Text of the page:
As we know, HISD is contemplating uniform start times as a way to save a few bucks for the next fiscal year. They do have some other ideas going, as well as a possible property tax rate hike, and they would like some input from you. From the inbox, from HISD Trustee Paula Harris:
Implementing uniform schedules across the Houston Independent School District’s 279 campuses would free up $1.2 million while giving the average student an extra 19 minutes in the classroom, according to a budget-cutting option presented to the HISD Board of Education today.
HISD is looking for more ways to reduce spending as the district seeks to address a projected $34 million deficit for the 2012-2013 school year. The loss in revenue is a result of last year’s decision by the Texas Legislature to reduce public education funding by $5.3 billion.
Streamlining HISD’s bell schedule was among many potential spending reduction options discussed during Thursday’s Board of Education meeting. Under this plan, every HISD school would have an instructional day that is 7 ½ hours long. This represents a 19-minute increase for the average HISD school, or a total of seven full days of extra instruction time over the course of the year.
Currently, HISD schools have about 20 different start and end times. Under the option presented today, schools would operate on the following bell schedule:
- Approximately half of all elementary schools would operate from 7:30 a.m. to 3 p.m.
- Approximately half of all elementary schools would operate from 8:30 a.m. to 4 p.m.
- All middle schools would operate from 7:45 a.m. to 3:15 p.m.
- All high schools would operate from 8:45 a.m. to 4:15 p.m.
The cost savings in this plan would come from a much more efficient school bus operation that would allow each bus to drive more routes than is currently possible.
Starting high school classes later in the day is supported by scientific research that shows teens learn better when they’re able to sleep later in the morning. The 19 HISD schools that currently operate for more than 7 ½ hours per day would be allowed to continue offering the same amount of instructional time, said Chief Operating Officer Leo Bobadilla.
In the coming weeks, HISD will be gathering community input on the streamlined bell schedule option. A detailed description of the plan and a survey will be posted to the district’s website, www.houstonisd.org. A series of community meetings will be held in locations throughout the district, and principals will be asked to meet with their communities to gather even more input. HISD administration plans to analyze all of this feedback before making a formal proposal for the Board of Education’s consideration by May 17.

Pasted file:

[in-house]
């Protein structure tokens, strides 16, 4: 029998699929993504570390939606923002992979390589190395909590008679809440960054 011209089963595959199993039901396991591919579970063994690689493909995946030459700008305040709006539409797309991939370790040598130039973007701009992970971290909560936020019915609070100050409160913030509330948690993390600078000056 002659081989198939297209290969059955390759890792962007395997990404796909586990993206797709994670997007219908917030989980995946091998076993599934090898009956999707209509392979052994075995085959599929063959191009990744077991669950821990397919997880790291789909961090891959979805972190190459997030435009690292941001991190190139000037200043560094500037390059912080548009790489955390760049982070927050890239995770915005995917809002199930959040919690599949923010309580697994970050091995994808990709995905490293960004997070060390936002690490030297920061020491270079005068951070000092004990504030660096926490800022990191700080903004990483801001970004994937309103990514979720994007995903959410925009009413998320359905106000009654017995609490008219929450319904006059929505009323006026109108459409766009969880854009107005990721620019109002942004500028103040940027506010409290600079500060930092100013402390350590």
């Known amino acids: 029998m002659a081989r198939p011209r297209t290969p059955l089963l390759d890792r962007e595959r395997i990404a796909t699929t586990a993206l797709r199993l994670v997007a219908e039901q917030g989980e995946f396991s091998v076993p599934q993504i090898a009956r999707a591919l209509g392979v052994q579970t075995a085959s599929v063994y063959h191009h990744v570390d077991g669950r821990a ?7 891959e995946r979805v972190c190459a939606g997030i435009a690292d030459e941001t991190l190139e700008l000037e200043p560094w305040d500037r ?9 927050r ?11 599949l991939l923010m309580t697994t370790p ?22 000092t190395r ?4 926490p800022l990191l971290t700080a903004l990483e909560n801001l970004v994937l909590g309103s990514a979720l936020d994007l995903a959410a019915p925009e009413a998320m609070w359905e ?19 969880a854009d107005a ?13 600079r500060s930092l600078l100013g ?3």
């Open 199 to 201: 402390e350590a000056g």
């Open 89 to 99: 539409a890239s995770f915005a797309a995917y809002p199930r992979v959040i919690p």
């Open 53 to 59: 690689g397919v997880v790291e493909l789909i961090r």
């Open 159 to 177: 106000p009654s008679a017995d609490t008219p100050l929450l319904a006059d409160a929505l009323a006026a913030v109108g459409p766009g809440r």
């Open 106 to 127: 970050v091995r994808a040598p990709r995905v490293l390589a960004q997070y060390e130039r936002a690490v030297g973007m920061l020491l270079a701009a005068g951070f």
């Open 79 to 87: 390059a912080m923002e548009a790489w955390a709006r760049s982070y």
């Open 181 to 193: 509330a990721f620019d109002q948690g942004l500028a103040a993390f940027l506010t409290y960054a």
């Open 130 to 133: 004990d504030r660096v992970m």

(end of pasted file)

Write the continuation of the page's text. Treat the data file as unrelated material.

Other options considered for addressing $34 million deficit
HISD Chief Financial Officer Melinda Garrett so far has identified about $12 million in possible budget cuts for addressing the anticipated $34 million deficit. Those options include:
- A $5 million reduction in the amount of ASPIRE Awards paid to teachers and other campus employees for raising student achievement
- A $1.5 million cut in general departmental spending
- A $1.3 million reduction in special education spending that corresponds with a decline in the number of special education students in HISD
- A $615,000 savings by closing these three HISD administrative offices currently housed in old school buildings and relocating staff elsewhere:
o The Langston facility
o The Chatham facility
o The Holden facility
- A $600,000 savings from the removal of 153 under-utilized temporary buildings located at schools through HISD
Garrett said her staff will continue searching for potential budget cuts. She also briefed the Board of Education on the possibility of addressing some of the funding shortfall with a property tax rate increase. HISD currently offers the lowest tax rate of any school district in Harris County, plus an additional 20 percent homestead exemption that is rare among Texas school districts.
Texas’ current school finance formula penalizes school districts such as HISD with low tax rates. That penalty currently costs HISD schools about $5 million per year. Raising HISD’s tax rate by 1.5 cents per $100 of a property’s taxable value would restore that $5 million in state funding and generate a approximately $15 million in local tax revenue, Garrett said. A 1.5-cent tax rate increase would cost the owner of the average HISD home valued at $197,408 about $21.44 per year.
HISD has posted an online survey to gauge opinion on the possibility of adopting a new bus schedule that increases the average school’s class time by 19 minutes per day. You can find the link here:
Whatever you think about the different choices, or if you think there are other choices that should be on the table, here’s your chance to tell them about it.